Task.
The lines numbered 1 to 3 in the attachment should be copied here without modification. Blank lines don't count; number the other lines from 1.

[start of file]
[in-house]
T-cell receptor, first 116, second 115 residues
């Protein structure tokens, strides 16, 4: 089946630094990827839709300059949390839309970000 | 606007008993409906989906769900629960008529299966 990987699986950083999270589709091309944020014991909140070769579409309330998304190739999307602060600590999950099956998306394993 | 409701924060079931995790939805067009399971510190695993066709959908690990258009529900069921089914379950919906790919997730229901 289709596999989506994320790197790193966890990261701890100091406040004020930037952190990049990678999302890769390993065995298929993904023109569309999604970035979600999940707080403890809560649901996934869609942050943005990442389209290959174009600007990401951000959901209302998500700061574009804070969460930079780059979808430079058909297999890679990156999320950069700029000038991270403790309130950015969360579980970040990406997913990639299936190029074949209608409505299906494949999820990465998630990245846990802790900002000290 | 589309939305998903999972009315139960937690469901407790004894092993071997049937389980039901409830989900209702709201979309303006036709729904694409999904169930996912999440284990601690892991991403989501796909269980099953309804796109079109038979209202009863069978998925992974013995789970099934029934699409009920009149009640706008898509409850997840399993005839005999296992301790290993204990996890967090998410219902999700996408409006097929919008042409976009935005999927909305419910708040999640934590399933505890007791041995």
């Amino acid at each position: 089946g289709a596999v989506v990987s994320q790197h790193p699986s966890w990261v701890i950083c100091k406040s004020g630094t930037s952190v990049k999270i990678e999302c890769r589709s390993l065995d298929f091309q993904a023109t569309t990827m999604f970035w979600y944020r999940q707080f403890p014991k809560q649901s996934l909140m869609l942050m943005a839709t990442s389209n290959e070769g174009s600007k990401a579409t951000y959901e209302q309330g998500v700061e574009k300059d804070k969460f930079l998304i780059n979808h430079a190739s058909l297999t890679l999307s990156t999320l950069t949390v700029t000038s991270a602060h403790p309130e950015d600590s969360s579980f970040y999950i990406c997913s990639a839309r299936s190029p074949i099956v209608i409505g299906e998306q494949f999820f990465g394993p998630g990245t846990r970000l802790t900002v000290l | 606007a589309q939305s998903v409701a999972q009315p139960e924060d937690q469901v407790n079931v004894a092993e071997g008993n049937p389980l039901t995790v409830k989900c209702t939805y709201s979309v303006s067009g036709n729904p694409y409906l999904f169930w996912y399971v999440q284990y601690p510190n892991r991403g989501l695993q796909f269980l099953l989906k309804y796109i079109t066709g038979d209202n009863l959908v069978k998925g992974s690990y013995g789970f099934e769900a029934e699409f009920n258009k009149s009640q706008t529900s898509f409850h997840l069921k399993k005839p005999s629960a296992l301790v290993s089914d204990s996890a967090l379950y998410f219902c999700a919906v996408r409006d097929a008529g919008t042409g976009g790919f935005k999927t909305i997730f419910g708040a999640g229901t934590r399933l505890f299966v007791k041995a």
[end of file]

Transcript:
[in-house]
T-cell receptor, first 116, second 115 residues
């Protein structure tokens, strides 16, 4: 089946630094990827839709300059949390839309970000 | 606007008993409906989906769900629960008529299966 990987699986950083999270589709091309944020014991909140070769579409309330998304190739999307602060600590999950099956998306394993 | 409701924060079931995790939805067009399971510190695993066709959908690990258009529900069921089914379950919906790919997730229901 289709596999989506994320790197790193966890990261701890100091406040004020930037952190990049990678999302890769390993065995298929993904023109569309999604970035979600999940707080403890809560649901996934869609942050943005990442389209290959174009600007990401951000959901209302998500700061574009804070969460930079780059979808430079058909297999890679990156999320950069700029000038991270403790309130950015969360579980970040990406997913990639299936190029074949209608409505299906494949999820990465998630990245846990802790900002000290 | 589309939305998903999972009315139960937690469901407790004894092993071997049937389980039901409830989900209702709201979309303006036709729904694409999904169930996912999440284990601690892991991403989501796909269980099953309804796109079109038979209202009863069978998925992974013995789970099934029934699409009920009149009640706008898509409850997840399993005839005999296992301790290993204990996890967090998410219902999700996408409006097929919008042409976009935005999927909305419910708040999640934590399933505890007791041995």